Cramer is bearish on Tesla Motors (NASDAQ:TSLA), and he suggests selling if you own it. The California-based Tesla has a P/E ratio of -11.2, and a forward P/E ratio of -13.2, as of the September 12 close. Five-year annualized EPS growth forecast is 20.0%. Tesla pays no dividend yield.

It is currently trading 37.18% lower than its 52-week high, and insiders own only 0.24% of the stock. Operating margin is -111.9%. ROA and ROE are -48.89% and -176.60%, respectively. P/B is 6.8, and P/S is 12.5, both of which are alarming red flags. The debt-to assets ratio is completely unstable. SMA20, SMA50, and SMA200 are -4.90%, -12.58% and -13.73%, respectively. Moreover, Tesla is relatively volatile. Long-term EPS growth estimation is beyond Tesla’s reach under these circumstances. I don’t think that buying or holding Tesla would be wise.

Jim believes that ArcelorMittal (NYSE:MT) is an advantageous buy at this price. The steel company was trading at a P/E ratio of 8.8, and a forward P/E ratio of 5.2, as of September 12. Analysts estimate a 2.0% annualized EPS growth for the next five years. Profit margin (3.6%) is slightly lower than the industry average of 4.7%, while it paid an acceptable dividend of 3.66% last year.

Earnings increased by 1270.87% this year, and 38.87% this quarter. ArcemorMittal has an O-Metrix score of 4.04, while it returned -47.1% in a year. Debt-to assets ratio is going down for the last three years. The debt-to equity ratio is 0.4, way better than the industry average of 2.7. P/B (0.4) and P/S (0.3) are moderate green flags. Target price implies a 132% upside movement potential, whereas it is currently trading 54.27% lower than its 52-week high. 15 out of 34 analysts recommend buying, and 6 suggests outperform. Moreover, the stock has a five-star rating from Morningstar. I believe the current price has created an opportune entry point. However, this stock should be dealt with caution.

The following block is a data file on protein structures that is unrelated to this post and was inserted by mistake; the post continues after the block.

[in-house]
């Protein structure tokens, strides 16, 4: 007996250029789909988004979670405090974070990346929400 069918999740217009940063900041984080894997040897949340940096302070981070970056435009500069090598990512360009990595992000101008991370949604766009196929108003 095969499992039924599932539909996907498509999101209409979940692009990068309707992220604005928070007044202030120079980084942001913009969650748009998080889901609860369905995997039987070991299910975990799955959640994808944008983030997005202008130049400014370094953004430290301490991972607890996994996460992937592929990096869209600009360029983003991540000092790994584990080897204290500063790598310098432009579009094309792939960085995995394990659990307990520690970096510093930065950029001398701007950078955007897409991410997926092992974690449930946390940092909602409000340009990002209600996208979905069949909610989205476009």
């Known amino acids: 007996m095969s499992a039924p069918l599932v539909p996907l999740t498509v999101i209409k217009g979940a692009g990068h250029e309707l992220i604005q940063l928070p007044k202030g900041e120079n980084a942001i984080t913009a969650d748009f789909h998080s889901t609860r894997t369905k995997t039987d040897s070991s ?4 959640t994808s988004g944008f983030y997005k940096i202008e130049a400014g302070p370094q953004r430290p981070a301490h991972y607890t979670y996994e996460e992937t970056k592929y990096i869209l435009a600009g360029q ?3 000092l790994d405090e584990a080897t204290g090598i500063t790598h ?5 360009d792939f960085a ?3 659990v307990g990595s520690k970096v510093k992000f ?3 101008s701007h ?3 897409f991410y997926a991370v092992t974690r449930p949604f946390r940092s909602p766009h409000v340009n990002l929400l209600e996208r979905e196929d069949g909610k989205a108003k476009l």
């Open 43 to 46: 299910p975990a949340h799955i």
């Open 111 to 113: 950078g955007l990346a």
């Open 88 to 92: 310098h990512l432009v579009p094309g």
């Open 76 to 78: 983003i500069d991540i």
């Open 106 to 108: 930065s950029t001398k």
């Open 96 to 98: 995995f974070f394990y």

Gold is going down as I have predicted before, but Cramer recommends Goldcorp (NYSE:GG) and Randgold (NASDAQ:GOLD) instead of Aurizon Mines (AZK). Here is a brief comparison of these three stocks:

Current as of Sep.12 close.

Aurizon Mines

Goldcorp

Randgold

P/E ratio

62.1

23.3

48.1

Forward P/E ratio

16.0

17.4

15.8

Estimated EPS growth for the next 5 years

-

10.0%

-

Dividend yield

-

0.77%

0.17%

Profit margin

8.9%

40.5%

26.2%

Gross margin

58.9%

54.5%

32.2%

Upside movement potential

22.1%

25.2%

1.9%

I eliminate Aurizon at first, as it has the highest P/E ratio and volatility among all. Goldcorp is trading 5.71% lower than its 52-week high, while Randgold is trading 3.93% lower. Goldcorp returned 26.0% in the last twelve months, whereas Randgold returned 16.3%. Both of them have almost zero debts for the last four years. Analysts give a 2.00 rating for Goldcorp and a 2.20 rating for Randgold (1=Buy, 5=Sell). None of these three fit my criteria. Also, note that these stocks are highly dependable on gold prices, and south is the only direction gold is going for a while-- and will keep going. However, holding Goldcorp is OK, in my opinion. Read a full analysis of Goldcorp here.

Disclosure: I am long MSFT.

Continue to Part II >>

Source: 9 Buy And 3 Sell Ideas By Jim Cramer, Part I